In 1928, Edgar Adrian , Nobel Laureate in Physiology or Medicine in 1932, was the first person to be able to hear the secret language of neurons.
To do this, he uncovered a set of axons from the brain of an anesthetized rabbit. He separated all the axons and placed an electrode on them at least two or three. Adrian saw an electric shock every time the rabbit breathed .
Finally, Adrian attached a speaker to the electrode, and then he began to hear a kind of clicking sound, like the quick thumps of Morse code . The noise was an electrical signal.
That electrical signal Adrian was listening to was an action potential, the basic unit of neural communication. This is how Eric Kandel explains that it is produced in his book The New Biology of the Mind :
The inside of the membrane that surrounds a neuron and its axon have a slight negative electrical charge relative to the outside. This charge is due to an uneven distribution of ions (electrically charged atoms) on either side of the cell membrane. Because of this uneven distribution of ions, each neuron is like a tiny battery where a small amount of electricity is stored and released at any given moment.
The rapid discharge of energy causes the neuron to generate an action potential. This electrical signal spreads rapidly throughout the neuron, from the cell body to the end of the axon. Everything we see, touch, hear and think begins when those spikes of electricity rush through the neuron from one end to the other .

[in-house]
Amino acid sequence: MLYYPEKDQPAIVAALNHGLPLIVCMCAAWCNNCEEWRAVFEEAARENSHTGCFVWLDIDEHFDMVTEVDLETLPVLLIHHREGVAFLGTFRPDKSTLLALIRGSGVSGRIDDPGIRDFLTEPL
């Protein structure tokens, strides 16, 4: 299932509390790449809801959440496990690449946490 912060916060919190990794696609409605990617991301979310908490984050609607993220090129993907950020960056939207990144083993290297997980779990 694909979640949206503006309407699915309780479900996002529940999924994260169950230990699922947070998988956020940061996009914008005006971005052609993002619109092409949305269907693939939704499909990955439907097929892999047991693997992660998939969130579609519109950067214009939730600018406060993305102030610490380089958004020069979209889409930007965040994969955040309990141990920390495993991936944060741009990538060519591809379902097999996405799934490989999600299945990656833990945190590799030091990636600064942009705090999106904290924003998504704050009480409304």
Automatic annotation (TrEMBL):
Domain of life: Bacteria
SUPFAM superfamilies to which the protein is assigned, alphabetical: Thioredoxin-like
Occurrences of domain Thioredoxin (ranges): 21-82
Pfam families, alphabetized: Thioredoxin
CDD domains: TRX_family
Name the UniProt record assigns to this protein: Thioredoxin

Later, Adrian would record electrical signals from individual axons in a toad’s optic nerve. In addition, he amplified the signals so that they could be viewed on an old oscilloscope, as if it were a two-dimensional graph.
He also discovered that a neuron does not indicate its intensity by modifying the strength or duration of its action potentials (it is not the same to distinguish the friction of the skin as a strong blow or a dim light from a bright one). The intensity was revealed by varying the frequency with which it generated the action potentials . A weak stimulus causes the cell to generate only a few potentials, while a strong stimulus produces much more frequent impulses.